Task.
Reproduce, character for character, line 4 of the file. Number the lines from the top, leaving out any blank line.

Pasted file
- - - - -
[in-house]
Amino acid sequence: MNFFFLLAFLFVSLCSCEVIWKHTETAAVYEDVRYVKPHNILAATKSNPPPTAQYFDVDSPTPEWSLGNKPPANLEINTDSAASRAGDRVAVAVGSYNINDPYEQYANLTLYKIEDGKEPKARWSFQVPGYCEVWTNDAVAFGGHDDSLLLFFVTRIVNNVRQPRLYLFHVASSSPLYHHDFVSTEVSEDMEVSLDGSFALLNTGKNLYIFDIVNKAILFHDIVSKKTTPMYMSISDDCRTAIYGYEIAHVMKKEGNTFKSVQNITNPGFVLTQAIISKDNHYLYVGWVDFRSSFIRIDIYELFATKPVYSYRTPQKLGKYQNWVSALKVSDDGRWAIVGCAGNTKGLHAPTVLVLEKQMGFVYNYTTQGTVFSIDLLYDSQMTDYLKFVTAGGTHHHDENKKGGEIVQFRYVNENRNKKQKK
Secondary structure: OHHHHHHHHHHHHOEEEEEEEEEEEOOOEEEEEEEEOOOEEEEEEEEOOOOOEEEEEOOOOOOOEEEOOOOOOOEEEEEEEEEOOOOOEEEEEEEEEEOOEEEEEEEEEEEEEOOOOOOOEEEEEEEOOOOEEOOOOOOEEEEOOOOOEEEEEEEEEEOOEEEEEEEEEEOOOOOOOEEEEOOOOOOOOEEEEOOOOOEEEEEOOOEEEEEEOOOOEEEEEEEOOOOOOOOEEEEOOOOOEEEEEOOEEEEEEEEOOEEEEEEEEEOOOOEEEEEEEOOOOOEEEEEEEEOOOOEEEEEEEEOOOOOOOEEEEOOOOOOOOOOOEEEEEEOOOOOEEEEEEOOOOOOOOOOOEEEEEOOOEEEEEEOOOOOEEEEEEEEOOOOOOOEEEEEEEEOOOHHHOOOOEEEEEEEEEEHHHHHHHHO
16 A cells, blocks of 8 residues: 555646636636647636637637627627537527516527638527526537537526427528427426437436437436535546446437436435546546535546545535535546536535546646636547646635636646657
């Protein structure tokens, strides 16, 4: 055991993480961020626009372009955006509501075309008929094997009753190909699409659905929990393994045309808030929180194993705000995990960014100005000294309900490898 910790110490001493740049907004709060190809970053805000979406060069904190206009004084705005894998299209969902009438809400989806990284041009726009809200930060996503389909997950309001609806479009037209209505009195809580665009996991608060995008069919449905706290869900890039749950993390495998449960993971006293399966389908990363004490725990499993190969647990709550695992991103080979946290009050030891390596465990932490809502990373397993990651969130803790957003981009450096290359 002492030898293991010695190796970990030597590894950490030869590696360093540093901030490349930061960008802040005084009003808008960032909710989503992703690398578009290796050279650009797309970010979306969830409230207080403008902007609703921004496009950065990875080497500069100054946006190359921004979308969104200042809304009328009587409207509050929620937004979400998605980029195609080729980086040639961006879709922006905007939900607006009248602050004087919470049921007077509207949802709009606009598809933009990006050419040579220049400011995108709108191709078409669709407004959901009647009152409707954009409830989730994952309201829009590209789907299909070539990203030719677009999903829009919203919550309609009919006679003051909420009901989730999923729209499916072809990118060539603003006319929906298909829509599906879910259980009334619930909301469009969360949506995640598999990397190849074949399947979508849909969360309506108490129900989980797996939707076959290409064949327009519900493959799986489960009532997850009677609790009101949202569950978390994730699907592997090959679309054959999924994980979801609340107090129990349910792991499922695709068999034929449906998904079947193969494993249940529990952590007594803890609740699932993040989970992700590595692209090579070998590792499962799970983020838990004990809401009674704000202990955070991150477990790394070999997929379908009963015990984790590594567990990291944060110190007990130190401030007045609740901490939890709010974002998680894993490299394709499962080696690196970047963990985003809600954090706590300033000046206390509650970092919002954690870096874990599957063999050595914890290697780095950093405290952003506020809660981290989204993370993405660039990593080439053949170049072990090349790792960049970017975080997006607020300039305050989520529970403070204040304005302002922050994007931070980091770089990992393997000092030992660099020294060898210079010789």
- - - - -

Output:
16 A cells, blocks of 8 residues: 555646636636647636637637627627537527516527638527526537537526427528427426437436437436535546446437436435546546535546545535535546536535546646636547646635636646657